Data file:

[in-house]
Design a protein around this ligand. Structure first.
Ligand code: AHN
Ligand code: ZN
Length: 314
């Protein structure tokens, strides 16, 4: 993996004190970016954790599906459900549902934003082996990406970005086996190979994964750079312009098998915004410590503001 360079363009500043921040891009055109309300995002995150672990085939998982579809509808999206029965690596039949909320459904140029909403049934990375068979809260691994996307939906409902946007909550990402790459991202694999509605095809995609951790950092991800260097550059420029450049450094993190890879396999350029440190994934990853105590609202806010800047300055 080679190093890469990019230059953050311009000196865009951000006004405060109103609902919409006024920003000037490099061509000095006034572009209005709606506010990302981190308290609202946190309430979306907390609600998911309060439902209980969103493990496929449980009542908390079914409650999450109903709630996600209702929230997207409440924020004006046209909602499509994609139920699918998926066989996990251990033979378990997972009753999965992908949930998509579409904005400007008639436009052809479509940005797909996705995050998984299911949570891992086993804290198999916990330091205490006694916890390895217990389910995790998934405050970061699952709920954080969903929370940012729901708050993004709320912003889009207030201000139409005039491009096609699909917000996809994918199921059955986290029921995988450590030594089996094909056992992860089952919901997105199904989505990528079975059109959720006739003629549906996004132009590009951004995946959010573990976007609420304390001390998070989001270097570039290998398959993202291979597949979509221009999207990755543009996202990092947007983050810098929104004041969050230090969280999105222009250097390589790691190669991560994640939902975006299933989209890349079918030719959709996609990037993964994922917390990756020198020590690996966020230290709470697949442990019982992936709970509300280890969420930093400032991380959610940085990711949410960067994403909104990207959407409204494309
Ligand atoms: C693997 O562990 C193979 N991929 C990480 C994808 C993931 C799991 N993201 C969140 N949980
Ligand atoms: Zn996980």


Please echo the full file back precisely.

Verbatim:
[in-house]
Design a protein around this ligand. Structure first.
Ligand code: AHN
Ligand code: ZN
Length: 314
């Protein structure tokens, strides 16, 4: 993996004190970016954790599906459900549902934003082996990406970005086996190979994964750079312009098998915004410590503001 360079363009500043921040891009055109309300995002995150672990085939998982579809509808999206029965690596039949909320459904140029909403049934990375068979809260691994996307939906409902946007909550990402790459991202694999509605095809995609951790950092991800260097550059420029450049450094993190890879396999350029440190994934990853105590609202806010800047300055 080679190093890469990019230059953050311009000196865009951000006004405060109103609902919409006024920003000037490099061509000095006034572009209005709606506010990302981190308290609202946190309430979306907390609600998911309060439902209980969103493990496929449980009542908390079914409650999450109903709630996600209702929230997207409440924020004006046209909602499509994609139920699918998926066989996990251990033979378990997972009753999965992908949930998509579409904005400007008639436009052809479509940005797909996705995050998984299911949570891992086993804290198999916990330091205490006694916890390895217990389910995790998934405050970061699952709920954080969903929370940012729901708050993004709320912003889009207030201000139409005039491009096609699909917000996809994918199921059955986290029921995988450590030594089996094909056992992860089952919901997105199904989505990528079975059109959720006739003629549906996004132009590009951004995946959010573990976007609420304390001390998070989001270097570039290998398959993202291979597949979509221009999207990755543009996202990092947007983050810098929104004041969050230090969280999105222009250097390589790691190669991560994640939902975006299933989209890349079918030719959709996609990037993964994922917390990756020198020590690996966020230290709470697949442990019982992936709970509300280890969420930093400032991380959610940085990711949410960067994403909104990207959407409204494309
Ligand atoms: C693997 O562990 C193979 N991929 C990480 C994808 C993931 C799991 N993201 C969140 N949980
Ligand atoms: Zn996980």